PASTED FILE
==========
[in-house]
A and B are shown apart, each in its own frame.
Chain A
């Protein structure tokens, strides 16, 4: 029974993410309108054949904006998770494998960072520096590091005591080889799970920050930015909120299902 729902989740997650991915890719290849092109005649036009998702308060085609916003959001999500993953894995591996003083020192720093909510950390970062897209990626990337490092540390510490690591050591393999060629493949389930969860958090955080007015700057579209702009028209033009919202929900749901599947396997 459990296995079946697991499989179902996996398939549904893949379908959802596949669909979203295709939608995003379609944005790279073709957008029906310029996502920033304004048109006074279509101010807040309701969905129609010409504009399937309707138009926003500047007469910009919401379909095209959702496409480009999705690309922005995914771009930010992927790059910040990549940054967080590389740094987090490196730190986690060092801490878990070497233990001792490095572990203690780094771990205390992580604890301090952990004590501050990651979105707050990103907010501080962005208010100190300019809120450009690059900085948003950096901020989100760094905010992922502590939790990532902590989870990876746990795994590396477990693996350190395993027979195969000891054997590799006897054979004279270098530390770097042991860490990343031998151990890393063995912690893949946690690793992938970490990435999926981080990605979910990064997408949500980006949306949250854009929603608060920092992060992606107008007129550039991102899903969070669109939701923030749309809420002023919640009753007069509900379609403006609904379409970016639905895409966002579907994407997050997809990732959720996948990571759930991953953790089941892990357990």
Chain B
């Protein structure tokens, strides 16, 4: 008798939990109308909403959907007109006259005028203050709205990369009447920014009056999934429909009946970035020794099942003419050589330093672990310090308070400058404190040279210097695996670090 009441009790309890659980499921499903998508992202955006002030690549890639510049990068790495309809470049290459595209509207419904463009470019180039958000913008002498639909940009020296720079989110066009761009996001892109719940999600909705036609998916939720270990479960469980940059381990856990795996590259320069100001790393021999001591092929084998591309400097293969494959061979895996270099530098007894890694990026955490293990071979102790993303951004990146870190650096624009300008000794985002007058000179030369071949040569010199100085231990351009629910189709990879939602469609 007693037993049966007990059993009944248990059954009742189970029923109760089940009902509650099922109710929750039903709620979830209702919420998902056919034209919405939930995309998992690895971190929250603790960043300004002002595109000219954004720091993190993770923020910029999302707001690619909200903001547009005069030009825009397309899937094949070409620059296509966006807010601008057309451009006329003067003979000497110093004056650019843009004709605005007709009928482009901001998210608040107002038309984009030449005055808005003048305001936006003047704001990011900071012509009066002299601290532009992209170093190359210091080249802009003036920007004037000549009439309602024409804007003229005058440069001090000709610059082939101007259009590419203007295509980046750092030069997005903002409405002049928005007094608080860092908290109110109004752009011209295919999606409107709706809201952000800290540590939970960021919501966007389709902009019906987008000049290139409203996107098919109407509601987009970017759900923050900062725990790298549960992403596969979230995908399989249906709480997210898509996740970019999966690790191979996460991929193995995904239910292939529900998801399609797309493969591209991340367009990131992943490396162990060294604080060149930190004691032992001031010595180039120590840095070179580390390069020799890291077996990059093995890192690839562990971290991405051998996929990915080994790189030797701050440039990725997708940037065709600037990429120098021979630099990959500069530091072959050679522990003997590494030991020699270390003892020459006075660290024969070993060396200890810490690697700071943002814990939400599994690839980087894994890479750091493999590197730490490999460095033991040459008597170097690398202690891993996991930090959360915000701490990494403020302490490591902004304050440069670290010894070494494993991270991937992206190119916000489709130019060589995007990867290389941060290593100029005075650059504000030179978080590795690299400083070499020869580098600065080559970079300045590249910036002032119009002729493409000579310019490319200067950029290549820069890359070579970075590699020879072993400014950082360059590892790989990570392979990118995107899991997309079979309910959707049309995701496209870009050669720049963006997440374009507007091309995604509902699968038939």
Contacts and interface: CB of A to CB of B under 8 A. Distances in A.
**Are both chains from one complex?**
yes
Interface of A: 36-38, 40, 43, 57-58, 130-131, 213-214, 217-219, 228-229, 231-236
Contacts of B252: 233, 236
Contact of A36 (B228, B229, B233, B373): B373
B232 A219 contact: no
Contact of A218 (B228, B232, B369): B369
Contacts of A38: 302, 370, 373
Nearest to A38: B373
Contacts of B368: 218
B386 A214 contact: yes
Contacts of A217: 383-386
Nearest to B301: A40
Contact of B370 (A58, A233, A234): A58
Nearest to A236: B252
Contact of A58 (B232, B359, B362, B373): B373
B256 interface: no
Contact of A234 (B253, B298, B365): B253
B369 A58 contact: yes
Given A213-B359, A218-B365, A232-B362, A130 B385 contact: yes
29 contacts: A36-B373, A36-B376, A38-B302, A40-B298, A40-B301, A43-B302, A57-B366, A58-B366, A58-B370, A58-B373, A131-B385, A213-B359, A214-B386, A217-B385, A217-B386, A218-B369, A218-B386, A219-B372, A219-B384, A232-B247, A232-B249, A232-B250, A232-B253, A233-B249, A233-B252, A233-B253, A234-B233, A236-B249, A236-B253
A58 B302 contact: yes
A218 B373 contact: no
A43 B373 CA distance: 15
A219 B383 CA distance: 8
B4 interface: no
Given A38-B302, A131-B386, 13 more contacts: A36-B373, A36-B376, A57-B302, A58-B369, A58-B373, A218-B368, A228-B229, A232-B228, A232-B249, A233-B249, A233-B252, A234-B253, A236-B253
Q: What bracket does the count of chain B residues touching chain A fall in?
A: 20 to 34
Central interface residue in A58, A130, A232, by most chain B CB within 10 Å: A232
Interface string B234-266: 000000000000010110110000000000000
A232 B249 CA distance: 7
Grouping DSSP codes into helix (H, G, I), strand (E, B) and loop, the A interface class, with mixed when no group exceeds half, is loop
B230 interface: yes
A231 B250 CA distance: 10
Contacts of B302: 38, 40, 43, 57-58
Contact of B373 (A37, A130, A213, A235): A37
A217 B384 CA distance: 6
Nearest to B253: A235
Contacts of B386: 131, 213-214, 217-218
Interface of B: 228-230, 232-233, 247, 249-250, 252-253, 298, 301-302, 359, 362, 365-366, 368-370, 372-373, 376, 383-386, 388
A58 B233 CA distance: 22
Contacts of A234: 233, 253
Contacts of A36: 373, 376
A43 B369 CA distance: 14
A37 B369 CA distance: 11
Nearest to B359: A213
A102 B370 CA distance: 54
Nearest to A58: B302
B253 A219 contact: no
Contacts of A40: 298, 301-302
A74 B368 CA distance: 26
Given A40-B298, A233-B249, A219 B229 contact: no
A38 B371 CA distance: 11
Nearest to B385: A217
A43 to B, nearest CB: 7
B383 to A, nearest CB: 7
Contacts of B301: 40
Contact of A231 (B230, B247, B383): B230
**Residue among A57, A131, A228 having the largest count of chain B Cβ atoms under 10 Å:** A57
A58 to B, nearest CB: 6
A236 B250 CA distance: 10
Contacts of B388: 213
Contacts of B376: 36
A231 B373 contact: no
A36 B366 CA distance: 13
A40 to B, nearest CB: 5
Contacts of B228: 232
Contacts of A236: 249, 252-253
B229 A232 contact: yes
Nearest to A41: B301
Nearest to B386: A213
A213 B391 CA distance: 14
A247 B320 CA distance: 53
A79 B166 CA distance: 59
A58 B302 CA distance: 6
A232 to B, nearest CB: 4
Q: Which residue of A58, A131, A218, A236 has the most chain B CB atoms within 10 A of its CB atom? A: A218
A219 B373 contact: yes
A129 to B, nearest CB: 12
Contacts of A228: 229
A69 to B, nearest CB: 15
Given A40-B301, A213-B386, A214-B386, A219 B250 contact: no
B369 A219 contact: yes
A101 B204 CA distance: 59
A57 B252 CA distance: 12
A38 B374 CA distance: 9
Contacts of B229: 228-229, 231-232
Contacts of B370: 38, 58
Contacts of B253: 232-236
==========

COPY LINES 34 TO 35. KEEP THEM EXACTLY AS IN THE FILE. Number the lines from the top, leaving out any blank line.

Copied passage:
Given A38-B302, A131-B386, 13 more contacts: A36-B373, A36-B376, A57-B302, A58-B369, A58-B373, A218-B368, A228-B229, A232-B228, A232-B249, A233-B249, A233-B252, A234-B253, A236-B253
Q: What bracket does the count of chain B residues touching chain A fall in?